`$\text{Nu}=\frac{\frac{f}{8}\left(\text{Re}-1000\right)\text{Pr}}{1+12.7\sqrt{\frac{f}{8}\left({\text{Pr}}^{2/3}-1\right)}},$`

where Re is the Reynolds number, Nu is the Nusselt number, and Pr is the Prandtl number. The friction factor, f, is the same as the factor used in tube pressure loss calculations. For laminar flows, the Nusselt number is a constant. Its value is obtained from the Nusselt number for laminar flow heat transfer parameter, NuL:

`$\text{Nu}={\text{Nu}}_{\text{L}}.$`

Using ```Tabulated data - Colburn factor vs. Reynolds number```

You can use tabulated data to determine the Colburn factor based on the Reynolds number. The Colburn equation is used to determine the Nusselt number, which varies in proportion to the Reynolds number. The Colburn j-factor is a measure of proportionality between the Reynolds, Prandtl, and Nusselt numbers:

`$\text{Nu}=j\left({\text{Re}}_{\text{Q}}\right){\text{Re}}_{\text{Q}}{\text{Pr}}^{1/3}.$`

ReQ is the Reynolds number based on the hydraulic diameter for heat transfer, DH, Q, and from the minimum free-flow area of the channel, AMin:

`${\text{Re}}_{\text{Q}}=\frac{\stackrel{˙}{m}{D}_{\text{H,Q}}}{{A}_{\text{Min}}\mu }$`

Using ```Tabulated data - Nusselt number vs. Reynolds number & Prandtl number```

You can use a tabulated function to determine the Nusselt number from the Prandtl and Reynolds numbers. Linear interpolation is used to determine values between breakpoints. The Nusselt number is a function of both Re and Pr, and therefore the Reynolds number vector for Nusselt number, Prandtl number vector for Nusselt number, and Nusselt number table, Nu(Re,Pr) parameters define the table breakpoints:

`$\text{Nu}=\text{Nu}\left({\text{Re}}_{\text{Q}},\text{Pr}\right).$`

The tabulated Reynolds number must be calculated using the hydraulic diameter for heat transfer, DH,Q.

## Ports

### Conserving

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Entry or exit point on the gas side of the heat exchanger.

Entry or exit point on the gas side of the heat exchanger.

Thermal boundary between the modeled fluid and the heat exchanger interface.

### Input

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Instantaneous value of the heat capacity rate for the gas flow, specified as a physical signal.

Instantaneous value of the heat transfer coefficient between gas flow and the wall, specified as a physical signal.

## Parameters

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Parameters Tab

Cross-sectional area of the flow channel at its narrowest point. If the channel is a collection of ducts, tubes, slots, or grooves, this area is the sum of the areas in the collection, minus the blockage due to walls, ridges, plates, or other barriers.

Effective inner diameter of the flow. If the diameter of the cross-section varies, the value of this parameter is the diameter at its narrowest point. For non-circular channels, the hydraulic diameter is the equivalent diameter of a circle with the same area of the existing channel.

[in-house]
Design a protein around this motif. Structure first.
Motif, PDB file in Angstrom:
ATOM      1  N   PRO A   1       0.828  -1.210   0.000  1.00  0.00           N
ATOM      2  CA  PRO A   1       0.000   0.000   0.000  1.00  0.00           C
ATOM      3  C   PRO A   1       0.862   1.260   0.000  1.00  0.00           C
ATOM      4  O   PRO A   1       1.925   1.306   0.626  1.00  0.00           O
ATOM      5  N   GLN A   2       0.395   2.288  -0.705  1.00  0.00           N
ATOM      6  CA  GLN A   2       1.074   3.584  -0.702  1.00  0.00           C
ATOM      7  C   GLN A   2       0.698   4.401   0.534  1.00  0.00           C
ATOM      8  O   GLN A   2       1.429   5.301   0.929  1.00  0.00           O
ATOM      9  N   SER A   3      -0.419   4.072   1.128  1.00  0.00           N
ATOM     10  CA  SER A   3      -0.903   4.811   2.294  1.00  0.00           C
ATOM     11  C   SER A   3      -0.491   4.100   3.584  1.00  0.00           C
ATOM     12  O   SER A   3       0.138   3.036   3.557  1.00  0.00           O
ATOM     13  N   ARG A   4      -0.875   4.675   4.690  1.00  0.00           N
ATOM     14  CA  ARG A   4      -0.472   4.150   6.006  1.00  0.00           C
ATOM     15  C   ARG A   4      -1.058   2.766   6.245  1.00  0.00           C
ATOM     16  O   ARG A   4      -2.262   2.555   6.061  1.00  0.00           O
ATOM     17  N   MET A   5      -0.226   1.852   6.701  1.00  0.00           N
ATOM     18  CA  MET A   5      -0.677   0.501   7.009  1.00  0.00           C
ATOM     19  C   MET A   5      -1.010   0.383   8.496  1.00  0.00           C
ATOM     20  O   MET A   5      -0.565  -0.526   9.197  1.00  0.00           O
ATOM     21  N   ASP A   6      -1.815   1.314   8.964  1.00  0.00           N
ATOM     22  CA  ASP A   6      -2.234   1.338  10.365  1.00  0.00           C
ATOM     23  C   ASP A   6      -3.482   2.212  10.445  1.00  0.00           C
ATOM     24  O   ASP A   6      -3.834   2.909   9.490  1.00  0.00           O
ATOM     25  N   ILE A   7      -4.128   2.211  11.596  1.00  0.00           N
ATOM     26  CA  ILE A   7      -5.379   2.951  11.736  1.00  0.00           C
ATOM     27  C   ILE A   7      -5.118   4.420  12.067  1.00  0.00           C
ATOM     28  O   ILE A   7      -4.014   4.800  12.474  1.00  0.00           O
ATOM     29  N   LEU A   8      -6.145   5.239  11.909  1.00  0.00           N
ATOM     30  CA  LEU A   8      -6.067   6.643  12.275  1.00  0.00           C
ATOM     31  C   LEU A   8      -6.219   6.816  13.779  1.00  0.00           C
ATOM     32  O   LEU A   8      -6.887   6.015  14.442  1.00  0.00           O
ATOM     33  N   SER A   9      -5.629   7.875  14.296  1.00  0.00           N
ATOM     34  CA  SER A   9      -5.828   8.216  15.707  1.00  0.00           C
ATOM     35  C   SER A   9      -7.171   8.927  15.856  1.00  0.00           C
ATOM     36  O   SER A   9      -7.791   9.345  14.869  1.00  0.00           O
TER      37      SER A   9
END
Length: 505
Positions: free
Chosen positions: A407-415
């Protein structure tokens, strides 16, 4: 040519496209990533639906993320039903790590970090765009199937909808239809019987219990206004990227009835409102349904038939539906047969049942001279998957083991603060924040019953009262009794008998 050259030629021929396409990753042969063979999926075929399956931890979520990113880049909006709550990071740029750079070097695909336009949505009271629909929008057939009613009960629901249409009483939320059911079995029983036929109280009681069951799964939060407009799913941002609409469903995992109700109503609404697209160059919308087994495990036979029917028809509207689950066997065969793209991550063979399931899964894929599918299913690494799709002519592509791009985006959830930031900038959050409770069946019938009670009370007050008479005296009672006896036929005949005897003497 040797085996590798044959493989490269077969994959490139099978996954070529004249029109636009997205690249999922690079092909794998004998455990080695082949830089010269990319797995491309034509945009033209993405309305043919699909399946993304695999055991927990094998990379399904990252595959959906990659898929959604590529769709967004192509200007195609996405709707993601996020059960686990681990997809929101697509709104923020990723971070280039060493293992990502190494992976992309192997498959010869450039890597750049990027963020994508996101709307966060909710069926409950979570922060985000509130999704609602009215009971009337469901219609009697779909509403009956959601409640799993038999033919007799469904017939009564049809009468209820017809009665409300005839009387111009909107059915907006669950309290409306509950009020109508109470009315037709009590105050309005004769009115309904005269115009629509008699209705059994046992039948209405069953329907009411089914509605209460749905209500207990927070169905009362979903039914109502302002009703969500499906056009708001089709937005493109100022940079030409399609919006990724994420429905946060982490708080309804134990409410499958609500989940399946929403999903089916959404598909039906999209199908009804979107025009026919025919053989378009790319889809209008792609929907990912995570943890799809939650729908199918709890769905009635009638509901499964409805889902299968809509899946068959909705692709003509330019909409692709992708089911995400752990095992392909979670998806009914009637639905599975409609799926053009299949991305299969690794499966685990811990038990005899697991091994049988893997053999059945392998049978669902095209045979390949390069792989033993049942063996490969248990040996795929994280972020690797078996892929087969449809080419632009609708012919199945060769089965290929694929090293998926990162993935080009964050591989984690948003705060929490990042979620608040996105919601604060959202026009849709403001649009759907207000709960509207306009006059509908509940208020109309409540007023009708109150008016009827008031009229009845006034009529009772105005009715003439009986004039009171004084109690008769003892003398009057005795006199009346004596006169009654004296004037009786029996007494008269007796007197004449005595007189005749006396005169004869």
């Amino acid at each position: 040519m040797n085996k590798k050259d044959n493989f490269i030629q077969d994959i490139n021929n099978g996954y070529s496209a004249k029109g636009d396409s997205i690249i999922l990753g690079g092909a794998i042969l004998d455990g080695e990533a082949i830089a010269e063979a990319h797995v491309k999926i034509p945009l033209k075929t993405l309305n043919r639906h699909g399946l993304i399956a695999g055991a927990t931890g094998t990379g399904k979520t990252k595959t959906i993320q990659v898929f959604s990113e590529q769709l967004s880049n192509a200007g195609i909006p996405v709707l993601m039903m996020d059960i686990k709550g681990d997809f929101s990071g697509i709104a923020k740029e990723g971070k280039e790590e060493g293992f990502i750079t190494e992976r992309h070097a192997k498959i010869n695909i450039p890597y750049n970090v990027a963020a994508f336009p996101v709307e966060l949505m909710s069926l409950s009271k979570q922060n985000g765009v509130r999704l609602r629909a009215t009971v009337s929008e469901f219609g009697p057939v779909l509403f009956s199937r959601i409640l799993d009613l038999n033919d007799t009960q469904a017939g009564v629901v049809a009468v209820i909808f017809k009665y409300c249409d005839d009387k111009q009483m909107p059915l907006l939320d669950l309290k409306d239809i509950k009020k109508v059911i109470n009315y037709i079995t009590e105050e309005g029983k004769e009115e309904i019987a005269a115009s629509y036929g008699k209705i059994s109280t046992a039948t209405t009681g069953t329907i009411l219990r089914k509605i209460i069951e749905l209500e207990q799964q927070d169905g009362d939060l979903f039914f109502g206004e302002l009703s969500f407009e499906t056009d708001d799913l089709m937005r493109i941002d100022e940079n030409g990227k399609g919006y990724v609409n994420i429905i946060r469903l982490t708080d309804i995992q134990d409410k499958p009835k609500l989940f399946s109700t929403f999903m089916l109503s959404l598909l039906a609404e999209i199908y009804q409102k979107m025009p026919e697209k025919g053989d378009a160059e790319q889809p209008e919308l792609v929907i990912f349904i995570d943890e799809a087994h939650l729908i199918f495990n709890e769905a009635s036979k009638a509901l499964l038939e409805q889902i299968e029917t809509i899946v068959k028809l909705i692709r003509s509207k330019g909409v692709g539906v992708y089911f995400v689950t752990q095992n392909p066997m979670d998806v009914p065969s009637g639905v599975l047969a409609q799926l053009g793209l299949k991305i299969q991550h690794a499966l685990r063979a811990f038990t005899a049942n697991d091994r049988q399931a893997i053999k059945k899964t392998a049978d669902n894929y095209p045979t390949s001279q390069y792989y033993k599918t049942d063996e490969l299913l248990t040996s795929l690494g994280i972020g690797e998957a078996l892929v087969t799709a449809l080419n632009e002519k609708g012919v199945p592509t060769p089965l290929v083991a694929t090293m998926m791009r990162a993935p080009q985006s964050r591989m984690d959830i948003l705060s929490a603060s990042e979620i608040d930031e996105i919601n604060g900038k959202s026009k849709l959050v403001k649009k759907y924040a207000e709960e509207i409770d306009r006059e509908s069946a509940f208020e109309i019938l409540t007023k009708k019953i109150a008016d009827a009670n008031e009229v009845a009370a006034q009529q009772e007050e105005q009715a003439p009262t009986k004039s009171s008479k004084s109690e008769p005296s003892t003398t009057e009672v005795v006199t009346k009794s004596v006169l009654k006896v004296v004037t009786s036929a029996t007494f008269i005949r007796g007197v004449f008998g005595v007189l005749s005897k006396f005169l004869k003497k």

If the channel is a collection of ducts, tubes, slots, or grooves, the gross perimeter is the sum of the perimeters in the collection. If the channel is a single pipe or tube that has a circular cross section, the hydraulic diameter is equal to the true diameter.

Total volume of the fluid contained in the gas or thermal liquid flow channel.

Start of the transition from the laminar regime to the turbulent regime. Above this number, inertial forces become increasingly dominant. The default value is given for circular pipes and tubes with smooth surfaces.

End of the transition from the laminar regime to the turbulent regime. Below this number, viscous forces become increasingly dominant. The default value is for circular pipes and tubes with smooth surfaces.

Mathematical model for pressure loss due to friction. This setting determines which expressions to use for calculation and which block parameters to specify as input. See the Heat Exchanger Interface (TL) blocks for the calculations by parameterization.

Aggregate loss coefficient for all flow resistances in the flow channel, including wall friction (major losses) and local resistances due to bends, elbows, and other geometry changes (minor losses).

The loss coefficient is an empirical, dimensionless number used to express the pressure losses due to friction. It can be calculated from experimental data or obtained from product data sheets.

#### Dependencies

To enable this parameter, set Pressure loss parameterization to ```Constant loss coefficient```.

Total distance the flow must travel between the ports. In multi-pass shell-and-tube exchangers, the total distance is the sum over all shell passes. In tube bundles, corrugated plates, and other channels where the flow is split into parallel branches, it is the distance covered in a single branch. The longer the flow path, the steeper the major pressure loss due to friction at the wall.

#### Dependencies

To enable this parameter, set Pressure loss parameterization to ```Correlations for tubes``` or ```Tabulated data - Darcy friction factor vs Reynolds number```.